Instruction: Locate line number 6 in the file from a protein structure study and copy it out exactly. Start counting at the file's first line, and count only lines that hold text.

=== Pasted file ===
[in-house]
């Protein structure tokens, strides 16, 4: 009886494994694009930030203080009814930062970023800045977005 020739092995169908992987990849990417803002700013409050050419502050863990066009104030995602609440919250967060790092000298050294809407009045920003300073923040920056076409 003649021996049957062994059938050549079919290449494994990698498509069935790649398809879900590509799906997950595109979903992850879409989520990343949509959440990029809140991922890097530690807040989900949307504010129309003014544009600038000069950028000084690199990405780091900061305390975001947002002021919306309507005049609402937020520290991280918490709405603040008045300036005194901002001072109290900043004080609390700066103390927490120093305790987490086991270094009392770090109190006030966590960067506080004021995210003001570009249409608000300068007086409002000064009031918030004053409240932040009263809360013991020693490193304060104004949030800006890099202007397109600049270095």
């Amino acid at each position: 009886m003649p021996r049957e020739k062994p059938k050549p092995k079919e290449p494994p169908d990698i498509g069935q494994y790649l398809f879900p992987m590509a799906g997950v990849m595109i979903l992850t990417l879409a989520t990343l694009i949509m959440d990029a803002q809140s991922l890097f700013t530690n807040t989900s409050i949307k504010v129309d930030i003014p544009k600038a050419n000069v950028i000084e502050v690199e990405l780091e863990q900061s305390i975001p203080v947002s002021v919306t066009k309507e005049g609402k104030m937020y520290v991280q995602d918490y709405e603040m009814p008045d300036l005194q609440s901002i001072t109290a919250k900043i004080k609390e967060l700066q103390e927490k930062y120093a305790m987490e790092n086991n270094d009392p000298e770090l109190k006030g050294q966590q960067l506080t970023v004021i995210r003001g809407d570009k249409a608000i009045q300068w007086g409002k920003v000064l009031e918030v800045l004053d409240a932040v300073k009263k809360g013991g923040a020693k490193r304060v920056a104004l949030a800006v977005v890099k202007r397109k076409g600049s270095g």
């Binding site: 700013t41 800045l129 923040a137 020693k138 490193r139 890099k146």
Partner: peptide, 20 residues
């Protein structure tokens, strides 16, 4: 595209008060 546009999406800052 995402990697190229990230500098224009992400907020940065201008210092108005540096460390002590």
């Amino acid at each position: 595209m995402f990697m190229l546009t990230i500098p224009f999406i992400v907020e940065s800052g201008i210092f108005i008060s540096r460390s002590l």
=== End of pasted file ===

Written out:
């Protein structure tokens, strides 16, 4: 595209008060 546009999406800052 995402990697190229990230500098224009992400907020940065201008210092108005540096460390002590």